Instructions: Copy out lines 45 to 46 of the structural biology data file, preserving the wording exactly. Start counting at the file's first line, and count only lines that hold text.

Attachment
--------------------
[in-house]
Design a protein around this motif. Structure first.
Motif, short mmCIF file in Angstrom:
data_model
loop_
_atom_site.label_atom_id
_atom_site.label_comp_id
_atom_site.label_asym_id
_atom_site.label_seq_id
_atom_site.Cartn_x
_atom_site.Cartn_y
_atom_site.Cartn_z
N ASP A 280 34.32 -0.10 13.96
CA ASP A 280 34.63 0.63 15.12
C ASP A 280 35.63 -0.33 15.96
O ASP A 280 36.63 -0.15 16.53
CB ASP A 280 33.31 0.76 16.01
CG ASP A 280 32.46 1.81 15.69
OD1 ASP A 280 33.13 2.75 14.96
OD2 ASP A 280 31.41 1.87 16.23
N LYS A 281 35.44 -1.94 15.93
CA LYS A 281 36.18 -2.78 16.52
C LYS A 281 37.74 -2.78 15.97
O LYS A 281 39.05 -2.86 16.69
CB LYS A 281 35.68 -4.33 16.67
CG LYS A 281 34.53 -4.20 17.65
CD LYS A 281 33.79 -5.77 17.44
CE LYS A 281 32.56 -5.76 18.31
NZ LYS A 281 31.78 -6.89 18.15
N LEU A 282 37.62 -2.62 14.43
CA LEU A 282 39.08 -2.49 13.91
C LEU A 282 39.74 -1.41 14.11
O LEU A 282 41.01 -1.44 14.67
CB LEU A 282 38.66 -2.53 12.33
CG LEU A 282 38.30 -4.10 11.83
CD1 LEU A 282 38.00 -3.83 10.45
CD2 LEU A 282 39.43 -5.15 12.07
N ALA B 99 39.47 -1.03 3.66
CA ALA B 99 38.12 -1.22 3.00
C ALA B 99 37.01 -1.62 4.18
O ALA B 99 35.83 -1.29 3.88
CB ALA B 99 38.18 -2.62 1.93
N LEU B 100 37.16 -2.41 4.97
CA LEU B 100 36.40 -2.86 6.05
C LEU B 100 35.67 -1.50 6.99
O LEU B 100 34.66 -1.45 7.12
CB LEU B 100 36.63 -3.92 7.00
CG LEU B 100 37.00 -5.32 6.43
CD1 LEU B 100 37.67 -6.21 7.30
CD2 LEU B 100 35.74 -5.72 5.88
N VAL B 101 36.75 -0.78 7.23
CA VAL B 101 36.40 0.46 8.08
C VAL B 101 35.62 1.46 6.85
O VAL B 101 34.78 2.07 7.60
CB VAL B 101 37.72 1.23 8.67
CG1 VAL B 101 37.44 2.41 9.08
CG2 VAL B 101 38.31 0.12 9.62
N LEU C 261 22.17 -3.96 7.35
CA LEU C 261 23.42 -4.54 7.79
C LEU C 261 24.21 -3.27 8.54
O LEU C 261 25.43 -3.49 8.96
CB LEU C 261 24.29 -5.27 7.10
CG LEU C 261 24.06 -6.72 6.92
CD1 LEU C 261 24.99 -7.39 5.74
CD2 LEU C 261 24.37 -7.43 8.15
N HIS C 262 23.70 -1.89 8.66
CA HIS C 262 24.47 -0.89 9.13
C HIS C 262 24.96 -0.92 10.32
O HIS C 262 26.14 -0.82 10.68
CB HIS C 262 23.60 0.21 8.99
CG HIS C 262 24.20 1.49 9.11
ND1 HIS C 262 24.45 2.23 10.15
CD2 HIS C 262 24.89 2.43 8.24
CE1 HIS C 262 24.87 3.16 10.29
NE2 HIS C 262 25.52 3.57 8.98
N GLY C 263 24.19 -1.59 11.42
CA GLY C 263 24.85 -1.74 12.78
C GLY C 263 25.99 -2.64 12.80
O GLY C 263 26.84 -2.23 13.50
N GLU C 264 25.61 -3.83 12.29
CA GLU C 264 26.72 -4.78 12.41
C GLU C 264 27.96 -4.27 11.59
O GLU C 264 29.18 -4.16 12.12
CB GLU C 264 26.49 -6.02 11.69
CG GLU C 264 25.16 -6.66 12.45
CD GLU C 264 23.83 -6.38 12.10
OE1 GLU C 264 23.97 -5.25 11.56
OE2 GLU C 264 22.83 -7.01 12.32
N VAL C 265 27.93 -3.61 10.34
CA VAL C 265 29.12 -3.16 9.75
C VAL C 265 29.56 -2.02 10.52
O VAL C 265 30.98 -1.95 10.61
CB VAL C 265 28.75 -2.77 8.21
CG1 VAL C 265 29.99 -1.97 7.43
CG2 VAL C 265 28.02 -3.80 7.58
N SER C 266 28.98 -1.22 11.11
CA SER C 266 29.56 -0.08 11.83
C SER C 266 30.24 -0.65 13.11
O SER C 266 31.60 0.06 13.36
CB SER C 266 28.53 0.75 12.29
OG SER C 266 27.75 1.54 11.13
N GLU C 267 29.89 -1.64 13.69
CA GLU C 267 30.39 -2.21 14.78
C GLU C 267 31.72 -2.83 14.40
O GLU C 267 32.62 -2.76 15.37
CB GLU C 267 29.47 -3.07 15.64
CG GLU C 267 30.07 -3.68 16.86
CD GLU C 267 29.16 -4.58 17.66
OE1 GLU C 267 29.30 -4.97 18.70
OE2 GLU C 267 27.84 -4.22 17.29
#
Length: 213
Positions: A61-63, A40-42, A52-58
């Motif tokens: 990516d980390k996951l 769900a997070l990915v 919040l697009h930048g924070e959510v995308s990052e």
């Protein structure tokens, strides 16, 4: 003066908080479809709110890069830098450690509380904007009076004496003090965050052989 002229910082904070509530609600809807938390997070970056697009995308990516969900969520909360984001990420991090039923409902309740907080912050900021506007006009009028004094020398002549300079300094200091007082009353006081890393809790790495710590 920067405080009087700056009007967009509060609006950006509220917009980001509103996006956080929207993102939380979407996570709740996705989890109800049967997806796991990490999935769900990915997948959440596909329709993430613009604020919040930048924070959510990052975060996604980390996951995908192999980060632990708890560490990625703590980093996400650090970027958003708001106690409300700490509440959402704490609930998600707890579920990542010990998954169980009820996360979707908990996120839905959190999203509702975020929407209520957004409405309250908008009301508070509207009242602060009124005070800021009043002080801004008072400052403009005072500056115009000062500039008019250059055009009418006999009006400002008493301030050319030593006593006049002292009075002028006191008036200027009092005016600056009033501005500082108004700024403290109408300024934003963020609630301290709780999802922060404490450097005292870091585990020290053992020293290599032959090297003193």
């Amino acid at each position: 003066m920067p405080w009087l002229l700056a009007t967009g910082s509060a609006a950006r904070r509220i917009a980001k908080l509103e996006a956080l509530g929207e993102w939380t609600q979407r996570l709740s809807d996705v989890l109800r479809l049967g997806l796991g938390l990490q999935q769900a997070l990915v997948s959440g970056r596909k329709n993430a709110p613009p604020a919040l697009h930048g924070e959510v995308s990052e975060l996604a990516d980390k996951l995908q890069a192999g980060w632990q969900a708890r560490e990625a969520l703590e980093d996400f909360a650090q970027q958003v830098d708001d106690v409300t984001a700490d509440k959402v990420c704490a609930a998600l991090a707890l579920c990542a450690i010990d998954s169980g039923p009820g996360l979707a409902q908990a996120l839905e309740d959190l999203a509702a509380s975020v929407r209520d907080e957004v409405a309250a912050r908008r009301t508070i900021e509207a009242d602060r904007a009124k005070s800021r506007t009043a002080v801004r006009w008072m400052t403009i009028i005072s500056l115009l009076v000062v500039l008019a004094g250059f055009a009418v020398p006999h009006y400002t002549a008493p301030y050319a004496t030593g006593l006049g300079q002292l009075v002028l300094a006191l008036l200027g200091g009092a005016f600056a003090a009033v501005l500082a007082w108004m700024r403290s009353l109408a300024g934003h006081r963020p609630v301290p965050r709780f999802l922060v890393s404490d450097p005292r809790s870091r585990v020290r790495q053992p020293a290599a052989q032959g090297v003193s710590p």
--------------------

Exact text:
C LEU B 100 35.67 -1.50 6.99
O LEU B 100 34.66 -1.45 7.12